I took a small video camera into the recording studio with my band, The Sofa Kings, and cut this small movie for our band website. I wrote or co-wrote four of the five songs we recorded, although I am not in the video much until near the end.
Peace (with microphones, electric guitars and drums),
Bear with me on this one: I was reading an article about the author Douglas Hofstadter (who wrote Gödel, Escher, Bach that I used to like to look at but never really could understand it all) and he now has a new book out called I Am A Strange Loop, and the concept of the paradox took hold in my mind.
Thus, another installment of my One Poem Every Month for a Year project.
Standing Inside this Strange Loop
Listen to the Poem
I am standing here inside this strange loop
of sentences — no, wait —
I am lying.
That can’t be true. I am not standing inside of this loop
but I am on the outside, looking in, on top of this tangled hierarchy,
and wondering where the path will take me if I were to surf
the contours of this geometry and skate along the horizon.
I am inside of Bach’s canon, scattershot with no way out,
as the melody folds in on itself —
can you hearhearhearhear me
or is that just another harmonic echo
embedded in the air, shaking the molecules as tremors in the drum?
Creating something that becomes itself is the gift of the magician
and with music, it’s not even there —
only your ears can see the notes landing like snowflakes,
melting, and moving through the cyclical journey
to become ice once again sometime in the distant future,
drawing you back to this memory of the music
in Bach’s own mind.
Up the down staircase, indeed,
as MC Escher — not of some rap-busting rhymes in time
but the artist of the brush and the pen —
visually sends me downstairs while my eyes go up
and my mind is sent spinning in exhausting circles
until one hand writes the other hand’s words
as I, me, the artist, the composer, completely disappears into myself.
Isn’t that just like the poet, too, tossing images into the world
and sounds flutterflutterflutter that coalesce into a theme
only when you stop looking for it?
Or maybe what I am saying here is completely untrue
because, really, I always speak the truth.
Like then, and then, and thenthenthenthenthen.
Logic is missing in this mayhem
and my world is precariously balanced
on the paradoxical threads of yet another
I just came across an article by Jakob Nielson that discusses the skills that young people should be learning. The one-sentence summary of the article is instructive: “Schools should teach deep, strategic computer insights that can’t be learned from reading a manual.” What he means is that schools should not teach to a certain platform or software program, but they should instruct along the lines of critical thinking and problem-solving that will come in handy no matter how technology changes (and it will change — we all know that).
Here is a list of the skills that Jakob says are vital:
- Search Strategies
- Information Credibility
- Battling Information Overload
- Presentation Skills
- Basic Debugging Techniques
- Understanding Usability Guidelines
You can read more at his site but I think this is a nice basic list to think about.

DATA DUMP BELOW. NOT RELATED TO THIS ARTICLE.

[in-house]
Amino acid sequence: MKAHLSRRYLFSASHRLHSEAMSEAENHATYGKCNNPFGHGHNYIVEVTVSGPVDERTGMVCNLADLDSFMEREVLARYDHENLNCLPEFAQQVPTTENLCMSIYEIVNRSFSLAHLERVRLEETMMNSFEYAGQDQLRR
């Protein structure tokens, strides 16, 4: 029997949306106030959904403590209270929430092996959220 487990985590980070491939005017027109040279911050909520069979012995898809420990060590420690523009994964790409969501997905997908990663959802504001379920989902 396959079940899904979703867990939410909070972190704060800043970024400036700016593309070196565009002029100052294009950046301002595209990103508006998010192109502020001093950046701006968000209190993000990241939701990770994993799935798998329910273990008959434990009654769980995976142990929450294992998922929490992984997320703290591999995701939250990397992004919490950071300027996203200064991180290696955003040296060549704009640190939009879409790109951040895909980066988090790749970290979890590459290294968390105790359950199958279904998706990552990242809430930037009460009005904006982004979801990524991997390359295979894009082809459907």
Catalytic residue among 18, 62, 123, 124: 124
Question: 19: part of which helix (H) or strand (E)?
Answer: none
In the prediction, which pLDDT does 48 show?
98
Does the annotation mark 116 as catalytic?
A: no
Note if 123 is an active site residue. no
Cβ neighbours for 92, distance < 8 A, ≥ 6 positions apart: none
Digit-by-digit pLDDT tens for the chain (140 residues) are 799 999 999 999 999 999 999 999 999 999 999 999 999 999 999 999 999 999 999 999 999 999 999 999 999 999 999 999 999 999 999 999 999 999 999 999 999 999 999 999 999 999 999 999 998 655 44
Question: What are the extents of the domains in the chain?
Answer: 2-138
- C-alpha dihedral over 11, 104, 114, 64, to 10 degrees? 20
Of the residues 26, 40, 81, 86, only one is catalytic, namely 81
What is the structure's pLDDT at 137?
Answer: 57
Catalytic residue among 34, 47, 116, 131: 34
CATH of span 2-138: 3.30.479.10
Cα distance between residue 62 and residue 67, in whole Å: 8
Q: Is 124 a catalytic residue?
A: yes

Peace (with the basics),
My classroom weblog site — The Electronic Pencil — was just chosen as the Site of the Week by TechLearning. Cool.
Name: The Electronic Pencil:
Here is what they said:
“This is an excellent example of teachers working together to communicate with students and parents by incorporating the use of technology. In addition to reviewing class work and projects, site visitors can find homework assignments, get an overview of projects for the year, and access the school’s Website. Hodgson reports that the blog has quickly become a place where students engage in authentic publication and learn lessons about digital literacy. Most importantly, these students are developing the sense of being members of a learning community.” — TechLearning
Peace (with pencils),
My rock band, The Sofa Kings, is heading into the recording studio this weekend and it is very exciting because I intend to record the experience on video, too. We have five songs that we intend to put down with the engineer, Paul, who has worked as an engineer extensively throughout our region and who plays with a bunch of, well, hard-hard rock bands. Our goal is record about 12 original songs by the end of 2007, so this is just the first batch for us.
Listen to The Sofa Kings
Four of the five songs are ones that I have written or co-written.
Here is a quick breakdown:
- Gravitational Pull — an older song that I wrote with John, the guitar player, about my wife and how everything seems centered on her (in a wonderful way). I sing on this one.
- Katrina Blows In — I wrote this one in the aftermath of the hurricane season and premiered it at my school where I teach during a benefit concert with an offshoot band I am in called The Millenium Bugs.
- Beacon in the Night — I wrote this one with John, with a sort of gospel feel to it. Don sings it.
- Stubborn Fool — I wrote this one with both Johns and although I do very little on it (just some back-up vocals), I think it is one of the strongest songs lyrically and pop-rock-wise (not a word but it fit).
- No More Mister Fun — I didn’t write any of this one. It is by John, the pianist, and Bob, the drummer. I am just BongoMon on this song.
(What is strange is that I don’t play sax on any of these songs. It just worked out that way. I will be blowing some horn on the next round of songs.)
Peace (with pop songs),